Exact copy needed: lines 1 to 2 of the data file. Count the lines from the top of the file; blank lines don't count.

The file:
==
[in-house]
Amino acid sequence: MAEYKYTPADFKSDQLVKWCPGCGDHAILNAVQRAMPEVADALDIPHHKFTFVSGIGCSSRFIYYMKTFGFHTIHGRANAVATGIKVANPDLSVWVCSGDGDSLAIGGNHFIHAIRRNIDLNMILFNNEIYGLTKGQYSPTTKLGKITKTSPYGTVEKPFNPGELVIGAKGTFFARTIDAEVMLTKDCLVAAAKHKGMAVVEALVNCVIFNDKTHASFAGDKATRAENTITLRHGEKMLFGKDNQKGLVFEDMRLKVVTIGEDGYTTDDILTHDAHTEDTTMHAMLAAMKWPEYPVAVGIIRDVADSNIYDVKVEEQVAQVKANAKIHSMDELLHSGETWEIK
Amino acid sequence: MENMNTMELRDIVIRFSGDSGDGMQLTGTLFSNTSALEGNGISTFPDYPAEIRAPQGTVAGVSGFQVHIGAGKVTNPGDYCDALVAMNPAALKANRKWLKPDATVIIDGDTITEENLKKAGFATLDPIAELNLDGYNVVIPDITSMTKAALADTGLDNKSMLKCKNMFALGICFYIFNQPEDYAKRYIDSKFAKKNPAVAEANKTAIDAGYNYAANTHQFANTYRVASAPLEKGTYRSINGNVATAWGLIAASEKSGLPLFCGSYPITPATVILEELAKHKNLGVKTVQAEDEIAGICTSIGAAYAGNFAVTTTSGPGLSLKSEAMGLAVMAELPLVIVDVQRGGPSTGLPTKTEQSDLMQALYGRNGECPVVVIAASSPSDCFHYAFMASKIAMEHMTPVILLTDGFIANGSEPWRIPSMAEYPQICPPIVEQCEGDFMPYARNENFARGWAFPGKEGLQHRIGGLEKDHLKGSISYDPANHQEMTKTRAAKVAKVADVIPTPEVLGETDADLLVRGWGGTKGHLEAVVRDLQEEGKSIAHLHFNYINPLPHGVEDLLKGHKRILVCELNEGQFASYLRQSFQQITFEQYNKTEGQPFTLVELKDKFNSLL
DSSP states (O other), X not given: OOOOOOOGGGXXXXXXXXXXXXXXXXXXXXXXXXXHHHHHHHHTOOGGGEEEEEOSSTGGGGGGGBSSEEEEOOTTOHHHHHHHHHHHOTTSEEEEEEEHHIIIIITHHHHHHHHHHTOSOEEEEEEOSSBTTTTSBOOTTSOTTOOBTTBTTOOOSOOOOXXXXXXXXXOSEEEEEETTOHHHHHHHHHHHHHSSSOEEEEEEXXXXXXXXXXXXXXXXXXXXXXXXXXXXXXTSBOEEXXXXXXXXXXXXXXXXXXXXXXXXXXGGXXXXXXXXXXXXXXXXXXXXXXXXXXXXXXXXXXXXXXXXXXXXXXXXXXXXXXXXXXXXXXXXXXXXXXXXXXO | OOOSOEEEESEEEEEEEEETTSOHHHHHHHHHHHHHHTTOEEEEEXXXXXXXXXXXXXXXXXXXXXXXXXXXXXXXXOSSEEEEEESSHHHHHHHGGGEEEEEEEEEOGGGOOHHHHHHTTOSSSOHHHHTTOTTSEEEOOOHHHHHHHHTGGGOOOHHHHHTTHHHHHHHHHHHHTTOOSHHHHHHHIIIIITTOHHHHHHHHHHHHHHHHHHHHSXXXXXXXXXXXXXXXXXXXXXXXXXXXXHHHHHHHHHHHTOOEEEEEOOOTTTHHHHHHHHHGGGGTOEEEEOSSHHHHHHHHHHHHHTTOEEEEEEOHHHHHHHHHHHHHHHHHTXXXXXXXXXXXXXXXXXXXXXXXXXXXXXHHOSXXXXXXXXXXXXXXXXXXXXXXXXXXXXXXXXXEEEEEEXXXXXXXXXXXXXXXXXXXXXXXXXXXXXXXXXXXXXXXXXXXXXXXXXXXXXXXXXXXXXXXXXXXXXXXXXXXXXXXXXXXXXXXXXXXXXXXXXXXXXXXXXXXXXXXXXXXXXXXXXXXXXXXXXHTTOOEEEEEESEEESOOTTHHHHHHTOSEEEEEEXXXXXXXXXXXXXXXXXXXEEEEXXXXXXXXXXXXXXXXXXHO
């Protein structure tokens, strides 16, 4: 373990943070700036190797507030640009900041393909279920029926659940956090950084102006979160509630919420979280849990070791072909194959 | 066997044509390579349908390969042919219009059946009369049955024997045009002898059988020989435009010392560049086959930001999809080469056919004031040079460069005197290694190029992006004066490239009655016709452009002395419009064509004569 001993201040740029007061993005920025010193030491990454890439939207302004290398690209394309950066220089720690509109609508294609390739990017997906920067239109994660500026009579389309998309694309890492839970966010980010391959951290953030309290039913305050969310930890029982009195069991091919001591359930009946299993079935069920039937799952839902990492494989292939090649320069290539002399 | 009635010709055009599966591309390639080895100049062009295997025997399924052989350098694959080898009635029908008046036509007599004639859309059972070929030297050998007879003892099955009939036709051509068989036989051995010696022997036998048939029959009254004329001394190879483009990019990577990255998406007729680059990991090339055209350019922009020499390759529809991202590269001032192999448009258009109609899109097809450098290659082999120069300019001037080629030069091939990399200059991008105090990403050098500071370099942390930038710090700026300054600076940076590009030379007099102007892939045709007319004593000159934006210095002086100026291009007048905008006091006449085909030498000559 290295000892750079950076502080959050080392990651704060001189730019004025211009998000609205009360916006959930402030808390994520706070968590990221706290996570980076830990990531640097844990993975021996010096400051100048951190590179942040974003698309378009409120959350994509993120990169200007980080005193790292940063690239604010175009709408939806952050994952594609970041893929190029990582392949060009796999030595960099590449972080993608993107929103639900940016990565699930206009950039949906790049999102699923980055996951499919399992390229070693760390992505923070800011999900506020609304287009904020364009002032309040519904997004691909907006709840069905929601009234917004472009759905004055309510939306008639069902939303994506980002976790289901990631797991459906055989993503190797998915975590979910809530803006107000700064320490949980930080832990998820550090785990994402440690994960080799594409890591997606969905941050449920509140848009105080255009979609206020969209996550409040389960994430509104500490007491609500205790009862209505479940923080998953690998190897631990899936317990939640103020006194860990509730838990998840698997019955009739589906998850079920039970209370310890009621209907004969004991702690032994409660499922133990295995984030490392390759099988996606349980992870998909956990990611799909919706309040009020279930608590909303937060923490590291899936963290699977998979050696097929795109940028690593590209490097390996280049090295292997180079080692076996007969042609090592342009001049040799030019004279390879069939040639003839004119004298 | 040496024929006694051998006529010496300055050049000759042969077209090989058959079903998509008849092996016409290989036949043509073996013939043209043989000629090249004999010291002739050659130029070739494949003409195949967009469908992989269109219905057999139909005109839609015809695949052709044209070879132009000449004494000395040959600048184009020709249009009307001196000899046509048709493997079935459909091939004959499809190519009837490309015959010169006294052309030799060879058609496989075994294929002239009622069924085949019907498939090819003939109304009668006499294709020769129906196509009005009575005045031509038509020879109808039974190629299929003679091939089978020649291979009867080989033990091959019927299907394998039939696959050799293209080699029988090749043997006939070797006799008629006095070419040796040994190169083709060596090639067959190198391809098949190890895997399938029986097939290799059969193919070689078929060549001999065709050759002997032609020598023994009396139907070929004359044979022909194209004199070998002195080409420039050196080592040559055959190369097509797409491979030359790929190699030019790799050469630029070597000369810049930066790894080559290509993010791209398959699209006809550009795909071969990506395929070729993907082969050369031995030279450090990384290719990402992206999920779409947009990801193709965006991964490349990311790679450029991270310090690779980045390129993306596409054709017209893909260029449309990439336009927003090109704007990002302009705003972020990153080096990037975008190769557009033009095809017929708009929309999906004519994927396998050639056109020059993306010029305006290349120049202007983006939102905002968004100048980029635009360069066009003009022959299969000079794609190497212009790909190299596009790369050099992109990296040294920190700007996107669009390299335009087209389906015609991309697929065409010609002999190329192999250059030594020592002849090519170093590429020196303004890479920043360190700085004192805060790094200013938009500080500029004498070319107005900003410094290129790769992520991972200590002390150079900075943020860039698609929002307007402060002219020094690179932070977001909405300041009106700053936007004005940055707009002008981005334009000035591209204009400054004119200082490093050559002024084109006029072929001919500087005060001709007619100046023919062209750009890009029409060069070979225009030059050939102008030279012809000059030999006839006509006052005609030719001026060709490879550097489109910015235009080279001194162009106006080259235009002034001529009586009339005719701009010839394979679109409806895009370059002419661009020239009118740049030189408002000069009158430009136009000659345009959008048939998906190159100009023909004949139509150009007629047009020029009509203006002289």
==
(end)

[in-house]
Amino acid sequence: MAEYKYTPADFKSDQLVKWCPGCGDHAILNAVQRAMPEVADALDIPHHKFTFVSGIGCSSRFIYYMKTFGFHTIHGRANAVATGIKVANPDLSVWVCSGDGDSLAIGGNHFIHAIRRNIDLNMILFNNEIYGLTKGQYSPTTKLGKITKTSPYGTVEKPFNPGELVIGAKGTFFARTIDAEVMLTKDCLVAAAKHKGMAVVEALVNCVIFNDKTHASFAGDKATRAENTITLRHGEKMLFGKDNQKGLVFEDMRLKVVTIGEDGYTTDDILTHDAHTEDTTMHAMLAAMKWPEYPVAVGIIRDVADSNIYDVKVEEQVAQVKANAKIHSMDELLHSGETWEIK